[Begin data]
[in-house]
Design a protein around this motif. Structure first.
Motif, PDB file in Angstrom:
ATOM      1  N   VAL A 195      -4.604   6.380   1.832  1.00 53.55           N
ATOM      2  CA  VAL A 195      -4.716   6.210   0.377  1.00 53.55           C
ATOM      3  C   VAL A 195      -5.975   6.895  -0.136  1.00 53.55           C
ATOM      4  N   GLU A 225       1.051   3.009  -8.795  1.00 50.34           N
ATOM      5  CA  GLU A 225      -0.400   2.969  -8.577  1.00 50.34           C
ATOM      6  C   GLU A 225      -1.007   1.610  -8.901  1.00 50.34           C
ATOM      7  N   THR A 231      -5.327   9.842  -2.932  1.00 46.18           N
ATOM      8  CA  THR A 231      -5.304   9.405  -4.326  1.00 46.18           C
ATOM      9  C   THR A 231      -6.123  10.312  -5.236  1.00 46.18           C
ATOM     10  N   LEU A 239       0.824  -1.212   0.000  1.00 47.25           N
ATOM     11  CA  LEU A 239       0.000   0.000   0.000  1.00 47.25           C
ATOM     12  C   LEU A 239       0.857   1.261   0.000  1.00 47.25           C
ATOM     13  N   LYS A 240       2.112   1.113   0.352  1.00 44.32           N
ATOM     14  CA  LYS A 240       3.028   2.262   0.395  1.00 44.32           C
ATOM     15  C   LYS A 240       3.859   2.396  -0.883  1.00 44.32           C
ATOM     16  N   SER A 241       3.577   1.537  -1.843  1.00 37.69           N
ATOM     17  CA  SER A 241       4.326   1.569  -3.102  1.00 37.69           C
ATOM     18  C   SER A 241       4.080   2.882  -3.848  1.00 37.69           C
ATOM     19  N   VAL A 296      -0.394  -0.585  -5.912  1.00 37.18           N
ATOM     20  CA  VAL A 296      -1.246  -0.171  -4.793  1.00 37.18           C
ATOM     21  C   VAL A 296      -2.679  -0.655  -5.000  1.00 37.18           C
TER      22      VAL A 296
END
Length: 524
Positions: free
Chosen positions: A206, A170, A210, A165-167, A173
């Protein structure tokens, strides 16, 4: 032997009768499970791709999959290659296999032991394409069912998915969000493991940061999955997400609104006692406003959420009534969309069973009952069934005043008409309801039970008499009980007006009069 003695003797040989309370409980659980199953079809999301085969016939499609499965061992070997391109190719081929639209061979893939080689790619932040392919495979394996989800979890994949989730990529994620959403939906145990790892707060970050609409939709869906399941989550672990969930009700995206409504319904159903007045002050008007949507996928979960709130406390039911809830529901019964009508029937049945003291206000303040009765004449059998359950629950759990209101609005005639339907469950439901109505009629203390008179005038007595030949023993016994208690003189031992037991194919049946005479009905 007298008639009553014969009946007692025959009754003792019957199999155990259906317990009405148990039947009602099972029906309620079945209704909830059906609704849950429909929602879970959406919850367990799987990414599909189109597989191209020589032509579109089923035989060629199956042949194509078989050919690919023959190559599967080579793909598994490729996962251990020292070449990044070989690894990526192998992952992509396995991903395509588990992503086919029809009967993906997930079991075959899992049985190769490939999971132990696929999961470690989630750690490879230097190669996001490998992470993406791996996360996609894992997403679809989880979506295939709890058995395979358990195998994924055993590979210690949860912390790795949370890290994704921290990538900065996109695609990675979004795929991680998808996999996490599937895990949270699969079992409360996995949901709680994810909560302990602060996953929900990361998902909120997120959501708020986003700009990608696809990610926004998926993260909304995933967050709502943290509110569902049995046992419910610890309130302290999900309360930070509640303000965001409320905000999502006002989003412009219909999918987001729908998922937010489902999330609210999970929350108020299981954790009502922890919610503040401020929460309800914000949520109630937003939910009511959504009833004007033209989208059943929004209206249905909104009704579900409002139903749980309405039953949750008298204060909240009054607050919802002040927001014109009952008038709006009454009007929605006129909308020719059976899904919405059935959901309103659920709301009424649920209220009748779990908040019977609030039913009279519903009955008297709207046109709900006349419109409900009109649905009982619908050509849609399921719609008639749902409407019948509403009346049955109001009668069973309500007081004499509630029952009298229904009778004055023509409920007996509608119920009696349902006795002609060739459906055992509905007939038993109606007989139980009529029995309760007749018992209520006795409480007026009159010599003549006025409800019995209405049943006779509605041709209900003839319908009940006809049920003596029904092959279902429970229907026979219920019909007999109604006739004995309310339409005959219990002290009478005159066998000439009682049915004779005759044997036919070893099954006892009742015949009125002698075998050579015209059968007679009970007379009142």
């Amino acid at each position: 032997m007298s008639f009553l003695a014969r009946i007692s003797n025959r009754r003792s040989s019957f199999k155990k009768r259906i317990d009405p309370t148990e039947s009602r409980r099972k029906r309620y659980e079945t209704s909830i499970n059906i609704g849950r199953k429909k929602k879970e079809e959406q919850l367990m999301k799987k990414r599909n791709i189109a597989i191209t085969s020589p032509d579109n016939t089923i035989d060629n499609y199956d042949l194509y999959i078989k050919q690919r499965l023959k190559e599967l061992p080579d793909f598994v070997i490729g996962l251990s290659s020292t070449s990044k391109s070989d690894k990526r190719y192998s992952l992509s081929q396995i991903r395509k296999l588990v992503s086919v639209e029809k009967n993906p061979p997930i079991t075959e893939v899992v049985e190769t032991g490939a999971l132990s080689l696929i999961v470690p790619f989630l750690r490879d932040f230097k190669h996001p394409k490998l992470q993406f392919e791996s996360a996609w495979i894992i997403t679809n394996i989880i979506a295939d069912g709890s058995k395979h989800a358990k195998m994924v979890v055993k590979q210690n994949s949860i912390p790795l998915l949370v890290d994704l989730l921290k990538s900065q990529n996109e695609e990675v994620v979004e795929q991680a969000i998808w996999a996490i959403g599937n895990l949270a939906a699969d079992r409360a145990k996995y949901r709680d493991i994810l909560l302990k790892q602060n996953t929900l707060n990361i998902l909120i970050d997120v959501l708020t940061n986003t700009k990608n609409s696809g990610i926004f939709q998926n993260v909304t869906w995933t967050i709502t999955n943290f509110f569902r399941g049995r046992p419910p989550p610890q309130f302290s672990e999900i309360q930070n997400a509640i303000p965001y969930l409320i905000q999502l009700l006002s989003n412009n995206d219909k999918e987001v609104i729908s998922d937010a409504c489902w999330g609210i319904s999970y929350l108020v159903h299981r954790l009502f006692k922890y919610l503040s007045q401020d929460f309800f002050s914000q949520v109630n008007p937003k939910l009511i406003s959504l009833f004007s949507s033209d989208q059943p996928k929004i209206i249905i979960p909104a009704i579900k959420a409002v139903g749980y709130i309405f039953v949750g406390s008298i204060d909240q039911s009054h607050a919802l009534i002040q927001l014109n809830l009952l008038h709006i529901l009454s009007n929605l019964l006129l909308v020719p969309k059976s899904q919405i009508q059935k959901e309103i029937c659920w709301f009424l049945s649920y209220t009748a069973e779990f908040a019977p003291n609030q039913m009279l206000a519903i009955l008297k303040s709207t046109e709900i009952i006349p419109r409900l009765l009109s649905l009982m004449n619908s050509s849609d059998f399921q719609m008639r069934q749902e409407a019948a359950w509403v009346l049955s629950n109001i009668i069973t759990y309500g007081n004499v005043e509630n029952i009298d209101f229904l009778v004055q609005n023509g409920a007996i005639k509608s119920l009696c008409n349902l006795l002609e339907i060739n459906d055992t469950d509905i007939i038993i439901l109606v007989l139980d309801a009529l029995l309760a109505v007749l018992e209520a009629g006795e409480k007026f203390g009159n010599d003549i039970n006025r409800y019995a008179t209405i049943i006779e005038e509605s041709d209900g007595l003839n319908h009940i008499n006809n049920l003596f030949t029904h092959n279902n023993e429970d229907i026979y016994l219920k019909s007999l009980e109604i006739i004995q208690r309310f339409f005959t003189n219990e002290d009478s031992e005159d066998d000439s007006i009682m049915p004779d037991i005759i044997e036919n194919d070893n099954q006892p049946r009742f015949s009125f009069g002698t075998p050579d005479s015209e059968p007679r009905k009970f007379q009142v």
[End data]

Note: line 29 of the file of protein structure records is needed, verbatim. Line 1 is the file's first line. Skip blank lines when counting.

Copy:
Chosen positions: A206, A170, A210, A165-167, A173